James Martin’s excellent series made many sensible points, from nutrition to pricing – but the NHS tends to aim for the lowest common denominator – rather than aiming for excellence  (it’s easier).


In the TV series, Pat Ball, Sharon and their team at Scarborough Hospital were right behind James, showing that patients can be given tasty, nutritious food – but to pay for this James had set up a restaurant aiming to make a profit which will be ploughed back into hospital food.


The scary thing is, when the financial administration look at the books at the end of the year, Pat is going to have to fight very, very hard to keep any profit for the catering dept.


We all wish her luck.  She is going to need it to fight off greedy financial gurus wanting to get their hands on any profit.

Bringing in meals

Currently statistics say that 2/3rds of patients will have a meal bought in for them; a very sorry state, but something that happens all round the country.

Even the Doctors at our local hospital (Chelsea and Westminster – supposedly NHS flagship) queue up every lunchtime at Tray Gourmet, a privately-run caterer opposite the hospital,  to buy their baguettes because they are tastier.    Even Michael Winner sent out for their baguettes when he was a patient earlier this year.

But when I approached I.S.S (the hospital caterers) to ask why they couldn’t bring in a private firm that was offering fresh fruit nicely packaged, from a stall outside the hospital’s area – a very dismissive email zinged back, saying I.S.S. supplied fruit.

Yes – they do.  French apples and other fruit from abroad.  But if patients choose a piece of fruit, they can’t have a pudding as well.  And elderly people don’t have the teeth to bite into those hard, sour French apples.

Hospitals should lead the way

Following on from James Martin’s plea to get people eating local produce, why not get NHS hospitals to host Farmers’ markets  on their forecourts, in car parks, atriums, parks, gardens or other areas?  These could not only bring in extra income, but would also show patients and visitors the way to buy healthier food and support British farming.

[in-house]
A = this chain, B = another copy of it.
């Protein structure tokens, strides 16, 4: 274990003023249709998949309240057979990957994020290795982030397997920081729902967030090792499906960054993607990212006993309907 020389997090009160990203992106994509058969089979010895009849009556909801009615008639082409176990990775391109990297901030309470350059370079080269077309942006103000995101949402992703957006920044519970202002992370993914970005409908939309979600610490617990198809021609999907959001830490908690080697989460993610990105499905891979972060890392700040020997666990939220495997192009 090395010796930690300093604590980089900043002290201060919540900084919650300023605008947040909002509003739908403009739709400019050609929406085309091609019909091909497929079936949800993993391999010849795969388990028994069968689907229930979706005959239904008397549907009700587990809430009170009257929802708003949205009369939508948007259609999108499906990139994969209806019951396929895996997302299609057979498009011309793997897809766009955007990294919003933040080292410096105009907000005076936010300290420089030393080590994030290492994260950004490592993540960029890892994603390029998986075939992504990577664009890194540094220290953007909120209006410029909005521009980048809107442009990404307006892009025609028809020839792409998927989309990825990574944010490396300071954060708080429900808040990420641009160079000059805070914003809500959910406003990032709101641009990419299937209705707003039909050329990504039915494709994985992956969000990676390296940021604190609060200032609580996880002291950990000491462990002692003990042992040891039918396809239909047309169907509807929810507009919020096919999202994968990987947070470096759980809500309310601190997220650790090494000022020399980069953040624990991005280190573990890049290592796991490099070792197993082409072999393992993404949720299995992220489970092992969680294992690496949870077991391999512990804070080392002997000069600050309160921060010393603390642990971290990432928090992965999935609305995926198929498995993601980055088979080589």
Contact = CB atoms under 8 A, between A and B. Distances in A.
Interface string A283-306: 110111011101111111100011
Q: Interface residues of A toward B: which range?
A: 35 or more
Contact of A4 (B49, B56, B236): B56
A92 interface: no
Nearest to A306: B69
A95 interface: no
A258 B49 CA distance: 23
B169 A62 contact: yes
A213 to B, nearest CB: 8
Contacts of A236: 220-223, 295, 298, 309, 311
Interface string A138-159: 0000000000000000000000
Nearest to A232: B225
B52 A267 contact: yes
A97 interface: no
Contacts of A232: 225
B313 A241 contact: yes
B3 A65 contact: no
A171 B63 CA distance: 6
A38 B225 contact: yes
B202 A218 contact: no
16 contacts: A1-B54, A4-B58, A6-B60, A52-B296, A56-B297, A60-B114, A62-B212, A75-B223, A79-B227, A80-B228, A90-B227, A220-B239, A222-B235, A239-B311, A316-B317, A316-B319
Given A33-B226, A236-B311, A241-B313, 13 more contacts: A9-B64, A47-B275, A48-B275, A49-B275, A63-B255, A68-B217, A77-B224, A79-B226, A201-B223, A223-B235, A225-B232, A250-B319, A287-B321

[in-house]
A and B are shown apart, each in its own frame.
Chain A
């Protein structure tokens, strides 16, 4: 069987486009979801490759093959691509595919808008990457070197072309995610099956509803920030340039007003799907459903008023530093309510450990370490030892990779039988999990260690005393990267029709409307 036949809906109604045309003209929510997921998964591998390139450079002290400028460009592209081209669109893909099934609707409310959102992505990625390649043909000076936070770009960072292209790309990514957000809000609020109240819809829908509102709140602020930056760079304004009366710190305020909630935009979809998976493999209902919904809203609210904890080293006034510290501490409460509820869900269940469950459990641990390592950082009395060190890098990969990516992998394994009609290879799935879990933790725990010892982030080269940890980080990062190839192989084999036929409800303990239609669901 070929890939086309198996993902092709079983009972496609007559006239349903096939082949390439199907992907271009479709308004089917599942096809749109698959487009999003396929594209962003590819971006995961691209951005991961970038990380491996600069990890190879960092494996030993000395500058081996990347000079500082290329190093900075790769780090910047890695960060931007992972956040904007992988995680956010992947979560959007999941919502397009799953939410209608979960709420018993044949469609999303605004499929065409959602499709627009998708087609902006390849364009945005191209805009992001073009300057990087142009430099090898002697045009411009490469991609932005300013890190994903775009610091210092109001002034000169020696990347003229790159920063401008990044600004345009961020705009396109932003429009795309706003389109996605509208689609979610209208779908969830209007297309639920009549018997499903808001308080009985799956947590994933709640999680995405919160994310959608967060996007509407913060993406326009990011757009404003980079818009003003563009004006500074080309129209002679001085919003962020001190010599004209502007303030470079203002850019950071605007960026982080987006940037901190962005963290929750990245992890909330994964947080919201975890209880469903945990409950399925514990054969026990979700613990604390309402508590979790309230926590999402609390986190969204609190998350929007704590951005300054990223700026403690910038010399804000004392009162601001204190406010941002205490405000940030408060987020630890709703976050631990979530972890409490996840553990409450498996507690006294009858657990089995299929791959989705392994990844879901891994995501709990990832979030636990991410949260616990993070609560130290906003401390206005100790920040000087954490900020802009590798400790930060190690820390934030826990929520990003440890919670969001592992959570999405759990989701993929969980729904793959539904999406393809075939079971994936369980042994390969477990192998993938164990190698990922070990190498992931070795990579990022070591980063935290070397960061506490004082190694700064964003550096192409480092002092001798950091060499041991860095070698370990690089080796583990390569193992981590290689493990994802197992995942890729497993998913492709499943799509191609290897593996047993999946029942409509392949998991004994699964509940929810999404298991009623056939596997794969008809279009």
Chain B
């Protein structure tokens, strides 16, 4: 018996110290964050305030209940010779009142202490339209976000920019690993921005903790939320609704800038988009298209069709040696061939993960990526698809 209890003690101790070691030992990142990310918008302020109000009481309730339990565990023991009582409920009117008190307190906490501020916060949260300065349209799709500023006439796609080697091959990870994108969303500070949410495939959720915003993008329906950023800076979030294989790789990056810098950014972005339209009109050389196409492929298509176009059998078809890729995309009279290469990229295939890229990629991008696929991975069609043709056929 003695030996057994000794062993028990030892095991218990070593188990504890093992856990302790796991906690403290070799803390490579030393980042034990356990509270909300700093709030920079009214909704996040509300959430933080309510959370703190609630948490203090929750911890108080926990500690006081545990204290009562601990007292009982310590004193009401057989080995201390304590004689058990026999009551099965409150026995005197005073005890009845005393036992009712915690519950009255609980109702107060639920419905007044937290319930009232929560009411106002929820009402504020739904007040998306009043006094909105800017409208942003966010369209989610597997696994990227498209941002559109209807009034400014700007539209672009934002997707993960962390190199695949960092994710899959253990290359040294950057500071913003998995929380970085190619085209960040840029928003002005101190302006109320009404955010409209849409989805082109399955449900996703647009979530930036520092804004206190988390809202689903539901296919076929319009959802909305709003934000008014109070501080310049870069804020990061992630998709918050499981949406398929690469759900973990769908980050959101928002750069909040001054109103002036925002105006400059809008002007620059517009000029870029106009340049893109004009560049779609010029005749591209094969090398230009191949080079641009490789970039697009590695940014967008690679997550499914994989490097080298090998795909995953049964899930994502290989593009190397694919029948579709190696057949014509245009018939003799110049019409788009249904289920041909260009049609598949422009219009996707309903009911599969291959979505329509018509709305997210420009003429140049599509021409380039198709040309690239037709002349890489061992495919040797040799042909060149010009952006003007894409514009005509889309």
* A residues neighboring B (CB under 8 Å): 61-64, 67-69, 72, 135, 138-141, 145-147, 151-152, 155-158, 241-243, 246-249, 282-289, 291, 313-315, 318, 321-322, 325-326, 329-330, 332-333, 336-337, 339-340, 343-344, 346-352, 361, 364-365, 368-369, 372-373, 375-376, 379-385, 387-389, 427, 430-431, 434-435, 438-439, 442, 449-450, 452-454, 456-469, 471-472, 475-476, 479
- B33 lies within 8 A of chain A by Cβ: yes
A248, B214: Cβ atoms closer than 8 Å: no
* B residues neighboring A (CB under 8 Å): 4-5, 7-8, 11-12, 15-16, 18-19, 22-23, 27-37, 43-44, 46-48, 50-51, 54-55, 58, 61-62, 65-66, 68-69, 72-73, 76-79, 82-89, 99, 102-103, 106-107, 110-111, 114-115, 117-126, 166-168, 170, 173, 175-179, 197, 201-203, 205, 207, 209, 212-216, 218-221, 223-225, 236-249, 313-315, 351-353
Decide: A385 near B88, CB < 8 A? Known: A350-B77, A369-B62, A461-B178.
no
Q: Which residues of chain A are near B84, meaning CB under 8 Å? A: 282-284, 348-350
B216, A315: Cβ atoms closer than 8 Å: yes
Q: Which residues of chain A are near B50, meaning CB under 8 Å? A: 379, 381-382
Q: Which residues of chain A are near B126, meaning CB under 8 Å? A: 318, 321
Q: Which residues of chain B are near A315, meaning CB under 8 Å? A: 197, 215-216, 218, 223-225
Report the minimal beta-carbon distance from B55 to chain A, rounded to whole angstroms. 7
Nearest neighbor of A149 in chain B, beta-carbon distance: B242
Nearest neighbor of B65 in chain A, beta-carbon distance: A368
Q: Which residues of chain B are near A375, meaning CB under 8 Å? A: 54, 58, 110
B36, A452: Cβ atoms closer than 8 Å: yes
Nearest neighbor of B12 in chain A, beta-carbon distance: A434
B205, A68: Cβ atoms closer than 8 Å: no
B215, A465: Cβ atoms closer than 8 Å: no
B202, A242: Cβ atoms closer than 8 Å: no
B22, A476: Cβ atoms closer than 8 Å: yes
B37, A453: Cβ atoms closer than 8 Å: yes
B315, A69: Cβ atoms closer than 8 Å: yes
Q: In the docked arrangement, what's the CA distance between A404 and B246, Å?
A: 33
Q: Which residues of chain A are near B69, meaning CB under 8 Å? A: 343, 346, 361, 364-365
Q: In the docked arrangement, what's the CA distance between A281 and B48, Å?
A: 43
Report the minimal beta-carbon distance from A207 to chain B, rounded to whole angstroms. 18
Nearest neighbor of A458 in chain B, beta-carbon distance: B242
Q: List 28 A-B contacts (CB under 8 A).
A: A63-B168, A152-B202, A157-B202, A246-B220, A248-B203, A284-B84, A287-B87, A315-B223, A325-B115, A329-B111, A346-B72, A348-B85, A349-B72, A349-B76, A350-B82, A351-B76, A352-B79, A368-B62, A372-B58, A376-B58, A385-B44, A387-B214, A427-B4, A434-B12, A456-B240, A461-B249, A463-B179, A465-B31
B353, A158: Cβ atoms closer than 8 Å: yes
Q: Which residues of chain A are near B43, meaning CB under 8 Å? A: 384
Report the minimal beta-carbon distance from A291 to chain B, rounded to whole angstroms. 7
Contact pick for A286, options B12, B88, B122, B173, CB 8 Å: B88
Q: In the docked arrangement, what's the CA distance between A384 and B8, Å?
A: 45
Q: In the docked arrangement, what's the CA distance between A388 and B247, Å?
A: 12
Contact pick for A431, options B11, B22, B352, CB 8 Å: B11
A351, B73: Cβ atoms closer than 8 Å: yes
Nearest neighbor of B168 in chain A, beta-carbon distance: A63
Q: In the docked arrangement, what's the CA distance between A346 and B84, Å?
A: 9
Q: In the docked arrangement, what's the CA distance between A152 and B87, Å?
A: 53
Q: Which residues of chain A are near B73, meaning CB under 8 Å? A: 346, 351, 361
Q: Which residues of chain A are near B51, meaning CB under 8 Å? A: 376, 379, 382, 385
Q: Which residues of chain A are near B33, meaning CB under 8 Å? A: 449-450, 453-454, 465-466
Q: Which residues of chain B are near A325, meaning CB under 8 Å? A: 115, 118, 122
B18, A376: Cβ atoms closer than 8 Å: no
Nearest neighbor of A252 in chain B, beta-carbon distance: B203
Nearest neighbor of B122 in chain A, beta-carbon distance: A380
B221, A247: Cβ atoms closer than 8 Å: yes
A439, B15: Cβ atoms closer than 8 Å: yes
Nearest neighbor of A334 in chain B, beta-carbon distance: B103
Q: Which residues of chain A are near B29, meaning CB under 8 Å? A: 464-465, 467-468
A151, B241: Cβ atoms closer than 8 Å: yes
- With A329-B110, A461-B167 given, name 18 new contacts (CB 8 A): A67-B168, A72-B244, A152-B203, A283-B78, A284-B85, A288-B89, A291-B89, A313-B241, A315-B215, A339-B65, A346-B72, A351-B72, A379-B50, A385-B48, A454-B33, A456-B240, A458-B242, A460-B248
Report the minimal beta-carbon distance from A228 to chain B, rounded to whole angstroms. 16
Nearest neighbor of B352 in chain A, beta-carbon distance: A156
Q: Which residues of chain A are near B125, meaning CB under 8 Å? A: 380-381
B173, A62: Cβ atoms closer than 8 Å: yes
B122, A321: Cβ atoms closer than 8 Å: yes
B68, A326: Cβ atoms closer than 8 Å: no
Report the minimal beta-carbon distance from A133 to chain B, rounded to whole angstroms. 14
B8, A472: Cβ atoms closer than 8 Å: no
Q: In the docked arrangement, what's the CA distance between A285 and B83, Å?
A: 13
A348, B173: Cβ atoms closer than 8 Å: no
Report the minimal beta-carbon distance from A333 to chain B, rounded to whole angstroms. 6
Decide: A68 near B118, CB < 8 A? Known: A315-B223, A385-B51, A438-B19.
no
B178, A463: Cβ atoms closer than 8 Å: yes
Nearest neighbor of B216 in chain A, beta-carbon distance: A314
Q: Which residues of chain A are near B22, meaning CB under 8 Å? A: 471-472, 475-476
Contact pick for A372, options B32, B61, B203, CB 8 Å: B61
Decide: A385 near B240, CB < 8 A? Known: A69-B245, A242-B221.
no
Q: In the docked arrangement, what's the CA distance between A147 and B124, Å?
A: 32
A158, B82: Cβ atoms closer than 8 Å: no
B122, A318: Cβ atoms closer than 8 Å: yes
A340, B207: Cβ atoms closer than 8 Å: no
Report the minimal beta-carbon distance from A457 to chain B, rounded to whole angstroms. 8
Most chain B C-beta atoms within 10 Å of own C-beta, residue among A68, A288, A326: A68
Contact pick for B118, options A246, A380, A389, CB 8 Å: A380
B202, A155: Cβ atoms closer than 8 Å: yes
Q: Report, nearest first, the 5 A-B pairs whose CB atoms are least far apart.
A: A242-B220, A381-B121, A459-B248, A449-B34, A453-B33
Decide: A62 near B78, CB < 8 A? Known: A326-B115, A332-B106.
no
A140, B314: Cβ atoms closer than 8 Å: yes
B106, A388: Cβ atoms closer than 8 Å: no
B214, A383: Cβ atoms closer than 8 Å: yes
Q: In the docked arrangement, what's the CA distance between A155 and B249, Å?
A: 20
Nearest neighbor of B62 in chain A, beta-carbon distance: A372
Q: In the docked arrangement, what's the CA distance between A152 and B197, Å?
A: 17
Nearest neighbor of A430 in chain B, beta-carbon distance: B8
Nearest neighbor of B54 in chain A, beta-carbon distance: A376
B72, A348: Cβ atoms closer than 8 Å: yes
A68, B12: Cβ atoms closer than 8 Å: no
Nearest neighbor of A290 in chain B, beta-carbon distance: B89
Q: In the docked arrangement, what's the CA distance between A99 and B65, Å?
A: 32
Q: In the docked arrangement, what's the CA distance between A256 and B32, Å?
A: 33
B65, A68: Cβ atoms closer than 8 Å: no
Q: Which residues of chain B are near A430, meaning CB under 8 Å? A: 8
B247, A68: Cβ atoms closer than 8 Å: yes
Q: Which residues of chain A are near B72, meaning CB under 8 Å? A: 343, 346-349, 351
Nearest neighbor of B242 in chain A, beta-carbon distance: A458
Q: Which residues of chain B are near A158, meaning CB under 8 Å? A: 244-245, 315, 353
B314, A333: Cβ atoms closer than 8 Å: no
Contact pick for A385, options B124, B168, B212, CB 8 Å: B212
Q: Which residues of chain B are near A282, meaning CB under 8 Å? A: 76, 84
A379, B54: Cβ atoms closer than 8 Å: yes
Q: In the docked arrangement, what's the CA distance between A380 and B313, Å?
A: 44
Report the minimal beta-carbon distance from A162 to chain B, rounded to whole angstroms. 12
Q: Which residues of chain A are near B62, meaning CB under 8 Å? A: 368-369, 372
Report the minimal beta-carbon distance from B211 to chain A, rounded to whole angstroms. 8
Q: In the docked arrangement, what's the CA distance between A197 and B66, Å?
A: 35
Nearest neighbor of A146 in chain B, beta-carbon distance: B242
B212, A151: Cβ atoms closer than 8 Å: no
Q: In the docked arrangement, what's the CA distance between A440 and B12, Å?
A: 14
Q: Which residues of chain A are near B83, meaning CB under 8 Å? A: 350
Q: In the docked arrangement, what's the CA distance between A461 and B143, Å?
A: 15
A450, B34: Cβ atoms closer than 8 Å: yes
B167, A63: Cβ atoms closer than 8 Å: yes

And echo what Martin was trying to put across in his programme, when he took Scarborough Hospital’s catering staff out to meet local producers.

Royal Brompton Hospital

Again and again this hospital is singled out for excellence in food.  Yet somehow I don’t see a queue of hospital administrators following.

Those of us who have been lucky enough to be patients at the Brompton (lauded in the TV programme) know that their policy of buying free range, local and where possible organic produce pays dividends.  I still lick my lips when I remember their signature liver dish – scrummy!  And I wouldn’t have minded eating it again, if menus are on a weekly cycle.  As one patient remarked when asked if he minded dishes being repeated;  he couldn’t even remember what he ate yesterday – let alone a week before.

Soil Association encouraging better nutrition

The Soil Association (SA) say “We think that good food should always be on the menu in hospitals – to help people get better and improve staff morale”.

“In 2010, a survey revealed that nearly two thirds of people have bought in food from outside hospitals because the meals on offer were so unappetising”.

The association’s  Catering Mark offers patients a guarantee that what’s on the menu is free from controversial e-numbers including aspartame, tartrazine and MSG. Meals are freshly prepared and do not contain artificial trans fats or GM ingredients.  James was very keen that Scarborough Hospital aspire to the SA’s  Bronze Award – and we have to wait to see if Pat and her team achieve this.

Over 10,000 meals which have received Soil Association ‘Food for Life Catering Mark’ bronze award are already being served in hospitals every day. ”

The Soil Association lay down a challenge:

“We know there are many more hospitals serving freshly prepared, locally sourced and organic food. Could your hospital be the first to receive a silver or gold award?”

So get YOUR hospital involved.

“If you are concerned that changing food is too complicated, applying for the Catering Mark can help to make it simpler. We will advise you on the most effective changes to make to your menus and help you overcome any challenges”.

Switching to healthy, sustainable food doesn’t always cost more. One hospital saved £6 million a year by cooking with fresh, local ingredients; another sources yoghurt from a local supplier for two thirds of the price of the nationally approved supplier.

The SA believe that the best hospital food

  • is good for patients
  • good for NHS staff
  • good for British farmers and food businesses
  • good for Britain.

If you agree, why not get your hospital to apply for the Catering Mark and reassure patients that you care about food?

S.A. Award holders


* North Bristol NHS Trust
* Nottingham University Hospitals Trust

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Back stabbing at Dept Health

The Mad Hatter, illustration by John Tenniel

Image via Wikipedia

Long knives are out – this time aimed at LaLa Lansley’s back

The Health Bill is causing major ructions behind the scenes.